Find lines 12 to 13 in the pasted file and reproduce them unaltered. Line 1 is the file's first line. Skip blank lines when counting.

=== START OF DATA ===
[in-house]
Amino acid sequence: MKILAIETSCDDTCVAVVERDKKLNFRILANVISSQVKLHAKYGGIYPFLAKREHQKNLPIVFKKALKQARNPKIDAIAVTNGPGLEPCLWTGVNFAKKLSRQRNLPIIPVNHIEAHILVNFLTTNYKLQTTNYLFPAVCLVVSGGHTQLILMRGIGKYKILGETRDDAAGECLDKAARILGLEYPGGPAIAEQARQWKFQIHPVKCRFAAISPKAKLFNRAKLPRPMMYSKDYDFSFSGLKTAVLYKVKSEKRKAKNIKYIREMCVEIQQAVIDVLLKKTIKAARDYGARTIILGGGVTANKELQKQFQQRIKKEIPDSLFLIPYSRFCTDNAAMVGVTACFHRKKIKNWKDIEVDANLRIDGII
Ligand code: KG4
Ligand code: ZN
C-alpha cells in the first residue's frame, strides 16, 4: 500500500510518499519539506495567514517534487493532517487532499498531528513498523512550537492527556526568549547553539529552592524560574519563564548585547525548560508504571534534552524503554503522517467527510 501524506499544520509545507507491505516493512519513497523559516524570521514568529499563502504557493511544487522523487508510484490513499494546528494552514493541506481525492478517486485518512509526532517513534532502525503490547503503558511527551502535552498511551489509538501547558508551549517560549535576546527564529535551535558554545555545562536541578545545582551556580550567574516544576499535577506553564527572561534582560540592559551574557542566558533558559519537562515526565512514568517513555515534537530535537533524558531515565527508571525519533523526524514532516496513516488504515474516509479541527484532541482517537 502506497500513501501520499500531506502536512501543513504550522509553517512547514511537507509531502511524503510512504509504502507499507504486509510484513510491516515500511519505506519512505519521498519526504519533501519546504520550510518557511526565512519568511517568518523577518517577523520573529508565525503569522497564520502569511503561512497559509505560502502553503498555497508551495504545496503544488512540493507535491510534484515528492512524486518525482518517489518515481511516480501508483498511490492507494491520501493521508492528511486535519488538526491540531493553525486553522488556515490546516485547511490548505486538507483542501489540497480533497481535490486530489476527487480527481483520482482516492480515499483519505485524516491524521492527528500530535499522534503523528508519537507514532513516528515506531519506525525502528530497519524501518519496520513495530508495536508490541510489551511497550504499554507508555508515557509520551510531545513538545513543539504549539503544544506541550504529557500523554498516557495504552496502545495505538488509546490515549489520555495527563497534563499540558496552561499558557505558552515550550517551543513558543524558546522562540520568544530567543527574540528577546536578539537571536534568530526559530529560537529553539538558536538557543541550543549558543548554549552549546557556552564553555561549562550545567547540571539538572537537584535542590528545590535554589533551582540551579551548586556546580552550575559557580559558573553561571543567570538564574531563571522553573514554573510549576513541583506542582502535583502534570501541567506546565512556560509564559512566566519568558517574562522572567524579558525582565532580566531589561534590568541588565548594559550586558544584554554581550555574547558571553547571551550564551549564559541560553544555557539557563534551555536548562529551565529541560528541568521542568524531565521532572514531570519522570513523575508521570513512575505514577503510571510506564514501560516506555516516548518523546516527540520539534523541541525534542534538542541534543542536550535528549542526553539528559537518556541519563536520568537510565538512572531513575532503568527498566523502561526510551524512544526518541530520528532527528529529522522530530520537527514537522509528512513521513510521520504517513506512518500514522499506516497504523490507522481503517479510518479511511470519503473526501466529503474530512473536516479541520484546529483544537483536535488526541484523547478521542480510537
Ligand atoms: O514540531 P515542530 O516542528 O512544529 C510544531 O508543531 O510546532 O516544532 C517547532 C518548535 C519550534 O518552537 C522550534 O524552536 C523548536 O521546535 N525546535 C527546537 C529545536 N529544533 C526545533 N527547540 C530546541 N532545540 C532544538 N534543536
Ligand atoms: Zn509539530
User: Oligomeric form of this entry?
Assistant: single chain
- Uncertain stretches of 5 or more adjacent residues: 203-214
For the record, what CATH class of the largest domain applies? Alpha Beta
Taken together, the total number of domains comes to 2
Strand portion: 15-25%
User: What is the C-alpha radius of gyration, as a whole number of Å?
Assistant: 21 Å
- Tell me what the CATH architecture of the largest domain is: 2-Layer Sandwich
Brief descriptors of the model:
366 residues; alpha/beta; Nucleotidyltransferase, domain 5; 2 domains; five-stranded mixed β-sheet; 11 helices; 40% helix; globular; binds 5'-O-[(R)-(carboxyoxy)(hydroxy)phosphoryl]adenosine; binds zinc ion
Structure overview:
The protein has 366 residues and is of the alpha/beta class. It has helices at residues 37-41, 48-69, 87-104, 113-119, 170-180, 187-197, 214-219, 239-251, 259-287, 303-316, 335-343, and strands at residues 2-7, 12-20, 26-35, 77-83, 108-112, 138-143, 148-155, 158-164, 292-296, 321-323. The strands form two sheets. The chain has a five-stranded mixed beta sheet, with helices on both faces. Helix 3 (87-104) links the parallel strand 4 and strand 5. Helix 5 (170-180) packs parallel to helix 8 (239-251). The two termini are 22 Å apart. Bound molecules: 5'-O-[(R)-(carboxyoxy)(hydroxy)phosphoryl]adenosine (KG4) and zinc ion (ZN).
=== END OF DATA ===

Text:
Taken together, the total number of domains comes to 2
Strand portion: 15-25%